Poets Online Talking about Coffee: Russell Jaffe

You’re well known as a promotions man for Coca-Cola. Does this impact on your coffee consumption?

No, I wear the Coca-Cola sweatshirt because it’s the most American piece of Americana I own. And that’s what I want to represent right now. I love phase-wear. I used to always wear some iteration of black and pink to represent Bret “The Hitman” Hart. Then I would always be sure to wear a pink shirt and sort of tattered up suit when I wore. I wanted my look to be representative of the way that I was feeling about my place in the world. Irony to me are like the tables the fell on me; when I was 13, I was helping my mom set up her work for an event, and I needed to move some plastic folding tables. Little did I realize these plastic folding tables were actually made out of some version of heavy wood and steel and I pulled one off the wall and the next one fell and then the next one on top of that and then the next one on top of that until they crushed my legs. I’m extremely lucky that it didn’t break anything, but I had some nasty, nasty purple-green bruises for months.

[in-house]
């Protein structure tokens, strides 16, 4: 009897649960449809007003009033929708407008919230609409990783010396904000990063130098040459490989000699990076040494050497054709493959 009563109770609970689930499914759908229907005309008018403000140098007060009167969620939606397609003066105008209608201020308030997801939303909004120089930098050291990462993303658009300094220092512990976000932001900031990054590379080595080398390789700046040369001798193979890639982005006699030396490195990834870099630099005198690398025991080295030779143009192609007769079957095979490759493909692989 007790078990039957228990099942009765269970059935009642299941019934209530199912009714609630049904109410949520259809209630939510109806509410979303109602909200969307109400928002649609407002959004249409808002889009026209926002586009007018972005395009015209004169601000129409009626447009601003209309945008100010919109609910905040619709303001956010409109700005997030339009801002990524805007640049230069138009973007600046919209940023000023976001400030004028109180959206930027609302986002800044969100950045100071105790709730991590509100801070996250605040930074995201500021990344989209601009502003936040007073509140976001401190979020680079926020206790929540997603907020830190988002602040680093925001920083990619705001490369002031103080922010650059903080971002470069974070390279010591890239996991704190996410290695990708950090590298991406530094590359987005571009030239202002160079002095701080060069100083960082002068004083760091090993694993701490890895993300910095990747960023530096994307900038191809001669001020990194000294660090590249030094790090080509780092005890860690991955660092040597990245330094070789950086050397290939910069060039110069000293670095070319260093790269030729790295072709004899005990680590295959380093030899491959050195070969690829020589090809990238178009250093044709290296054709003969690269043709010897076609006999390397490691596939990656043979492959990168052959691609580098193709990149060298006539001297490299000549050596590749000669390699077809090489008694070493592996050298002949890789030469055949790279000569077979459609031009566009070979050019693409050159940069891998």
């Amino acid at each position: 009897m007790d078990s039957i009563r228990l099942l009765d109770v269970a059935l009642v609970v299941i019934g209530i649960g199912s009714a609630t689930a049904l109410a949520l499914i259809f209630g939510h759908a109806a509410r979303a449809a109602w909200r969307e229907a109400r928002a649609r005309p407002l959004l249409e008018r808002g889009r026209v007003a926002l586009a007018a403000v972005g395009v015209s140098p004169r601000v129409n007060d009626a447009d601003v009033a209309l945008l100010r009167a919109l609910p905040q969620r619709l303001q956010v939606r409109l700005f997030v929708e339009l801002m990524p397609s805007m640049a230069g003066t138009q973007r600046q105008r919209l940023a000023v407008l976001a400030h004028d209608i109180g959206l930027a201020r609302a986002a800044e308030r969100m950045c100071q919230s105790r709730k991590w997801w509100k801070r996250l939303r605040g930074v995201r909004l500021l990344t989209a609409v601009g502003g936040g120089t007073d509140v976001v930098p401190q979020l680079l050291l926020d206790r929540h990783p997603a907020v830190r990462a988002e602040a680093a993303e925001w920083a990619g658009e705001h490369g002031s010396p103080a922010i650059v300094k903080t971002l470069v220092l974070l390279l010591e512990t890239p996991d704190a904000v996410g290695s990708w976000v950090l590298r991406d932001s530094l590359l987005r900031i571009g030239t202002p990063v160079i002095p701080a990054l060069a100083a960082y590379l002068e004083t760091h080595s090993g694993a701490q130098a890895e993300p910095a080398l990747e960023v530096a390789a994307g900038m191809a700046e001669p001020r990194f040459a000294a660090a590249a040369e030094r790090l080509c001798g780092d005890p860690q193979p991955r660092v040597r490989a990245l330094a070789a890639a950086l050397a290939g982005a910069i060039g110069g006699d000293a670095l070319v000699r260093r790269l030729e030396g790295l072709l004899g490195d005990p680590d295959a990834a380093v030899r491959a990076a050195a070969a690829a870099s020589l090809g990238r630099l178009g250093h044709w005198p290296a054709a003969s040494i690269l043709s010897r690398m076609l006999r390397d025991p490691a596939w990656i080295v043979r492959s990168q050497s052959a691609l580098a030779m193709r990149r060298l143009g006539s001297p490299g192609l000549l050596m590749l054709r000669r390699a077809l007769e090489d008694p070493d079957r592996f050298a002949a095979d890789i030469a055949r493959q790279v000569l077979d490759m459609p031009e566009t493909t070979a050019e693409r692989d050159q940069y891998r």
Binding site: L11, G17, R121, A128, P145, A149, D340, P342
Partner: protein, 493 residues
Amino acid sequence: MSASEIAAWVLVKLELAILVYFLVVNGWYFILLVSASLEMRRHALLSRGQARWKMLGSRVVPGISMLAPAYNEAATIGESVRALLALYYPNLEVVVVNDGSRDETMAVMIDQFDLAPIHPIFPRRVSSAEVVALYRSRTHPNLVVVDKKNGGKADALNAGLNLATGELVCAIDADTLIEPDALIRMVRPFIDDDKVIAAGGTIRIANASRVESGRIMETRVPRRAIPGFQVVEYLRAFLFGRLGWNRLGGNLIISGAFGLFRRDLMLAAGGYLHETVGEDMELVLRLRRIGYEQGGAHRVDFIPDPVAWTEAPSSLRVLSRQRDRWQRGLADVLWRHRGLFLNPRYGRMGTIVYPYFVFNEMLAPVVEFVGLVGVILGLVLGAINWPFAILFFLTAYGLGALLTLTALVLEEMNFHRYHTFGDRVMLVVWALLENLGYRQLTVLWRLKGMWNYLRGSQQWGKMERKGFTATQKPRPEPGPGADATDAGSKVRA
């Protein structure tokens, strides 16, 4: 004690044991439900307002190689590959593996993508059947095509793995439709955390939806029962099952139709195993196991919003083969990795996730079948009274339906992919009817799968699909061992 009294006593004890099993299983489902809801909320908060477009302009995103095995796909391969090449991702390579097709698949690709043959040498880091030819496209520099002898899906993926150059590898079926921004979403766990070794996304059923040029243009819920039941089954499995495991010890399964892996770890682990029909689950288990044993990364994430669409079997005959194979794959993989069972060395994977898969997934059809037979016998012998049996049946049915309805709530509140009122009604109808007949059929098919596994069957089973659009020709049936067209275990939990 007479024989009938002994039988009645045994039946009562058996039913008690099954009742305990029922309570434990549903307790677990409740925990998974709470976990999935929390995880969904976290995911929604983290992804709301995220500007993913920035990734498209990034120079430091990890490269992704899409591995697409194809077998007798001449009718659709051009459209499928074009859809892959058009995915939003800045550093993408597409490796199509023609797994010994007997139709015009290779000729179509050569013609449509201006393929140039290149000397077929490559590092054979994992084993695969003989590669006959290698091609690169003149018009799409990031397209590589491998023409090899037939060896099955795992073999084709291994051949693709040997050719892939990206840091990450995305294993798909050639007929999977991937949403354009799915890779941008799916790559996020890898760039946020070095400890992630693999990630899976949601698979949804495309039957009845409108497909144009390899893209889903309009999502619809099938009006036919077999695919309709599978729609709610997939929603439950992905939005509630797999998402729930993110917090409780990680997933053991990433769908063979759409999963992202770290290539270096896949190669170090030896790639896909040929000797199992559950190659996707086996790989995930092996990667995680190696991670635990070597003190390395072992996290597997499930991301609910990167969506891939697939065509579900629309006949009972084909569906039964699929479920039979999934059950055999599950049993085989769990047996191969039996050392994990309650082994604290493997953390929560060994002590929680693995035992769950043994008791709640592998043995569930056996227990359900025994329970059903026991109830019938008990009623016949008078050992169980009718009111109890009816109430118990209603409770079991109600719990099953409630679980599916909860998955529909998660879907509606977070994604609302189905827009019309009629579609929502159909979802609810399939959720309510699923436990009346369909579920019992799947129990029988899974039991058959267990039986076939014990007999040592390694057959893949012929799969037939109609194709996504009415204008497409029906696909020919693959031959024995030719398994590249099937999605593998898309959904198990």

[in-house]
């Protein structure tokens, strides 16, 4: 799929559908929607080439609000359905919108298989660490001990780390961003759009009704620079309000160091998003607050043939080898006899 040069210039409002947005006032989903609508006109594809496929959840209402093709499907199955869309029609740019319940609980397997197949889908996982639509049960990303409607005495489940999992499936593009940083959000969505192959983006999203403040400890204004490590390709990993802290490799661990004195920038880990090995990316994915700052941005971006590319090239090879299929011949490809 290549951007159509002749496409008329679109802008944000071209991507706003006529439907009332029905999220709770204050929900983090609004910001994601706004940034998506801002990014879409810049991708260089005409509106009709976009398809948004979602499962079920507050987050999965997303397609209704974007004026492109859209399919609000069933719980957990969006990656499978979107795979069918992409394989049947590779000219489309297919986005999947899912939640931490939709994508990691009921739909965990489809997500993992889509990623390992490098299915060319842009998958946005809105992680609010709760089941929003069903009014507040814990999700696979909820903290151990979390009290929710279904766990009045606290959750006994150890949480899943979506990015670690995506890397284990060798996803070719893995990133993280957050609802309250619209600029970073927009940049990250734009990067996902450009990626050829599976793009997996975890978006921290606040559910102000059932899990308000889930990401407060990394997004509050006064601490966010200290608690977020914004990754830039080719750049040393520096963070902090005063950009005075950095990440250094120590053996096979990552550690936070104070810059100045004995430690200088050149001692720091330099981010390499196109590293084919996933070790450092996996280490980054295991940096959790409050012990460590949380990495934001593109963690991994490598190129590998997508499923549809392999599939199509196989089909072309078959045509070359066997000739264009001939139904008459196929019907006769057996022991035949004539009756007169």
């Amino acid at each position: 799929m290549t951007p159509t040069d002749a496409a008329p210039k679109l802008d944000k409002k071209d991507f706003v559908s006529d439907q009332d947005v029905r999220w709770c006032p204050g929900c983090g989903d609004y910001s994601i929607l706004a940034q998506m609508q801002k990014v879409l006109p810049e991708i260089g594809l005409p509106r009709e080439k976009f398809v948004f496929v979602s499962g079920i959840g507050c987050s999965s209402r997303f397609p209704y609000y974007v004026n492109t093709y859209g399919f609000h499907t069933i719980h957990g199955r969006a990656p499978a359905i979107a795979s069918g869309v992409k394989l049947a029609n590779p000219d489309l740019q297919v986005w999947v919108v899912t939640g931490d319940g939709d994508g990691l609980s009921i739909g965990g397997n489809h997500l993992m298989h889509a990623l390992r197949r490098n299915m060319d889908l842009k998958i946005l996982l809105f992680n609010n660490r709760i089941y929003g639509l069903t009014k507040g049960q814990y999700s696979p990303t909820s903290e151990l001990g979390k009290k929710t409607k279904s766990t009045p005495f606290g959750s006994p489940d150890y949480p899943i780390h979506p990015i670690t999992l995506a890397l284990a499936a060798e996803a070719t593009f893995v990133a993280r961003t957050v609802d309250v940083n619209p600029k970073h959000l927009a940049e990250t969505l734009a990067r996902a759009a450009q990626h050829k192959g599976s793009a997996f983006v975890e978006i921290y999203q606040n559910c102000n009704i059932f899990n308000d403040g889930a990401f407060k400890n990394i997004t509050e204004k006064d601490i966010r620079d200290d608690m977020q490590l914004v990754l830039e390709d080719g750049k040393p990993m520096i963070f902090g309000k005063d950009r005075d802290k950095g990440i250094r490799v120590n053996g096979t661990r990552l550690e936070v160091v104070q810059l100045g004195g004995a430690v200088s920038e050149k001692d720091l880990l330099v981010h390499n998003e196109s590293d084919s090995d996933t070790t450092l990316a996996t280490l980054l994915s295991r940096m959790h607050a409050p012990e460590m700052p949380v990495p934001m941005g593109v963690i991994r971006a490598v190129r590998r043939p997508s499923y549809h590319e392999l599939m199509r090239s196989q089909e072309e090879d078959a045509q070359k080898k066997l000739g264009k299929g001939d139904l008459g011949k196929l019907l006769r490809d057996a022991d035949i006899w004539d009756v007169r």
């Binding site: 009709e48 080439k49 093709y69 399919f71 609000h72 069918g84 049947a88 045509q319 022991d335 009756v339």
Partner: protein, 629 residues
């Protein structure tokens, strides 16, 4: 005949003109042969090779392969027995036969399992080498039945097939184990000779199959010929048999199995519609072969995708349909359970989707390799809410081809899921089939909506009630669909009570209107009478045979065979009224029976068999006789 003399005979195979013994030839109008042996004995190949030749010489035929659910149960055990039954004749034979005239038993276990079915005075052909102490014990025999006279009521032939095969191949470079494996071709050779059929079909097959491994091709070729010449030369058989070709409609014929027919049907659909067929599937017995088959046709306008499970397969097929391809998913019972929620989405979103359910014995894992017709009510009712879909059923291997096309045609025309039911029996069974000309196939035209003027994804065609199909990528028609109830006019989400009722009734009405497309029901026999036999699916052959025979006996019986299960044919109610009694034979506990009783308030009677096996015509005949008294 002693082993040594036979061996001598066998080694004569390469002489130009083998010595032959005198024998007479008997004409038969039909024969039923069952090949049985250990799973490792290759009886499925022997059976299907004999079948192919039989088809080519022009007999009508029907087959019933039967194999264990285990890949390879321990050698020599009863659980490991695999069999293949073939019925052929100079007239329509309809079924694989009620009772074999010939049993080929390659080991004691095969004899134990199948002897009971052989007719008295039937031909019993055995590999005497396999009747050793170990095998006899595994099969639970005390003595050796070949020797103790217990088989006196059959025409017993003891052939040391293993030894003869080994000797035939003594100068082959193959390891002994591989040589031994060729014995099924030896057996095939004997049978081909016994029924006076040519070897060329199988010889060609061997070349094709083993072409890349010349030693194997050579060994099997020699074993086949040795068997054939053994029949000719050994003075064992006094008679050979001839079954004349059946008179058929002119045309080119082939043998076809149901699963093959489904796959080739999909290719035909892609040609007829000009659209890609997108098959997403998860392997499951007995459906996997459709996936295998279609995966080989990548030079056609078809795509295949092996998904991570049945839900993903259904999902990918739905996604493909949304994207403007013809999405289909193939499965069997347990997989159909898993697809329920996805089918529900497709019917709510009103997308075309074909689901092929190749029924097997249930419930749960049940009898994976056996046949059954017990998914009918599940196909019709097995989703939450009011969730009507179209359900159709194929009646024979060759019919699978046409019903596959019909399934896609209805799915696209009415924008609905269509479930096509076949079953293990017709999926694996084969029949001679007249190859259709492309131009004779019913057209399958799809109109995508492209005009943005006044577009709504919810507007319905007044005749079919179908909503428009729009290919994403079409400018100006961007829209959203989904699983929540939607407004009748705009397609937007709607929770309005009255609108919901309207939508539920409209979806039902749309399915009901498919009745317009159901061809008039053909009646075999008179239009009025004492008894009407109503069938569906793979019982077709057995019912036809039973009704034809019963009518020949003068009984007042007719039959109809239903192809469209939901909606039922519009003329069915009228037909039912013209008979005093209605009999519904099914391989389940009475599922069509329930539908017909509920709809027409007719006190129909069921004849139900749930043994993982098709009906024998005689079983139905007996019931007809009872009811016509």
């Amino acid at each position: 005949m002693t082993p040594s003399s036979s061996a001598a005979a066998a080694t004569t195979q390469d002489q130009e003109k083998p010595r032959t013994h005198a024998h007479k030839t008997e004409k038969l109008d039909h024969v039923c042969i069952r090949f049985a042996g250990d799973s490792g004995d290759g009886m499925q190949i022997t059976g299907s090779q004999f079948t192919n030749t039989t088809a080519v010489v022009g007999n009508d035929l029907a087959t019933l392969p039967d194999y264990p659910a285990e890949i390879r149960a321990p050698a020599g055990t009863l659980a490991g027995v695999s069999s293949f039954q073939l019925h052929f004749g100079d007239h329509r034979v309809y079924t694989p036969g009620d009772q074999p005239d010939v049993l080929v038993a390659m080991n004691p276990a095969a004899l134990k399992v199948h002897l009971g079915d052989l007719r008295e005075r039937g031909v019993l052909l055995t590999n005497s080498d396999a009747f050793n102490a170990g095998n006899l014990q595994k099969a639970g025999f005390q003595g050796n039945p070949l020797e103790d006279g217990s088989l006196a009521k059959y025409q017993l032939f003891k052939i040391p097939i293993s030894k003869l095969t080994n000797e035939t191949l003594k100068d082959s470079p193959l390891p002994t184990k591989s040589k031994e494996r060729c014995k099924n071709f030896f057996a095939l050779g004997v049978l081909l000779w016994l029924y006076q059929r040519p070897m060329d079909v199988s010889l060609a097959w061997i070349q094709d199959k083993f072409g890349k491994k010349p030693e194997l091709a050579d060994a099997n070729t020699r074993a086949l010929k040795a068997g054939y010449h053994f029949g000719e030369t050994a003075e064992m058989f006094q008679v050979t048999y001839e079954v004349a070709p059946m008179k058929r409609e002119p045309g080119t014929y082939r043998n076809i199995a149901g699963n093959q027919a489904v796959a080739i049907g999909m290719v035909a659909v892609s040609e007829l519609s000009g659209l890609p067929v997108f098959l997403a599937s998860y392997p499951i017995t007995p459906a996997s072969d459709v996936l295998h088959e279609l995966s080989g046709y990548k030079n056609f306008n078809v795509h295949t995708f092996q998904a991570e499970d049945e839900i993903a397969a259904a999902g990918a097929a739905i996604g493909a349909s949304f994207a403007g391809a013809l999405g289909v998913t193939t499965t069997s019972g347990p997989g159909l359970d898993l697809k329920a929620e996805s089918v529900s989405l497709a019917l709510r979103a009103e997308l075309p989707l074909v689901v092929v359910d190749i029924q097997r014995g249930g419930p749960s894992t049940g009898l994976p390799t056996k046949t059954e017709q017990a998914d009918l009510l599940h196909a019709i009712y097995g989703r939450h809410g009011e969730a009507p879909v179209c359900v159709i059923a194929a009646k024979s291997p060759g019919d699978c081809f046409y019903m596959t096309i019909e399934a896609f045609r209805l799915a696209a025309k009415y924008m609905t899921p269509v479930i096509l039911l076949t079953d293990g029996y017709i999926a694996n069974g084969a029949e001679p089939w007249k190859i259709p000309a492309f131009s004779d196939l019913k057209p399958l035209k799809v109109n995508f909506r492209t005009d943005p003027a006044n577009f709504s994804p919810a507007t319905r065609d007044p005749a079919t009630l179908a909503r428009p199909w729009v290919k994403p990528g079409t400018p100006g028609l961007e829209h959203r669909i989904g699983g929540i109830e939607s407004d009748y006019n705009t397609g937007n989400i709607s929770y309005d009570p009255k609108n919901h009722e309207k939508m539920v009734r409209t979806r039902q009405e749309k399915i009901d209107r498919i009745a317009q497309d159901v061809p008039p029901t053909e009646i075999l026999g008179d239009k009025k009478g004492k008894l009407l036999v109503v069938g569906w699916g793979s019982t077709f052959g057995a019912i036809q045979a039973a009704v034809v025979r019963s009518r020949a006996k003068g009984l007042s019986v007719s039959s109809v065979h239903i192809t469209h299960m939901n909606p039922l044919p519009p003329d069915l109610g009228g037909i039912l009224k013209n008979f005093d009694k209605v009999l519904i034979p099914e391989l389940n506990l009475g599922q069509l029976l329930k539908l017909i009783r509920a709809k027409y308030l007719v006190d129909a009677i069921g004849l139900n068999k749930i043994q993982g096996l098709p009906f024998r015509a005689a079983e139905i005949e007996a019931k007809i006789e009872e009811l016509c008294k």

I wear something American because it’s goofy and I love America, and I hate America, and I am America, everything I do is America, and hating America, for me, is like asking the fish to damn the water it swims in. Coca-Cola as a brand is pretty disgusting and pretty sinister and all that stuff people with reasonable intelligence and above seem to understand effortlessly. But it’s also a celebration of objects an object could, and that’s being a human being to me, and that’s American. We are pleasure maximizes for sure. I love the taste of coffee. If I don’t drink it, also, I’ll get a headache like I’ve been teleported to the bottom of the sea and my head is crushing under the pressure. And I work with junior high kids and have a baby, so I extra bonus need it to lubricate the mind sprockets. The headthink wheels. I do drink coffee because of the pleasure maximization, but I also spend a shitload of money on good coffee because I think that matters. I like to spend money on things I like. It’s like paying tribute! Especially if I think those things matter.💤☕️☕️☕️💥🐔🔨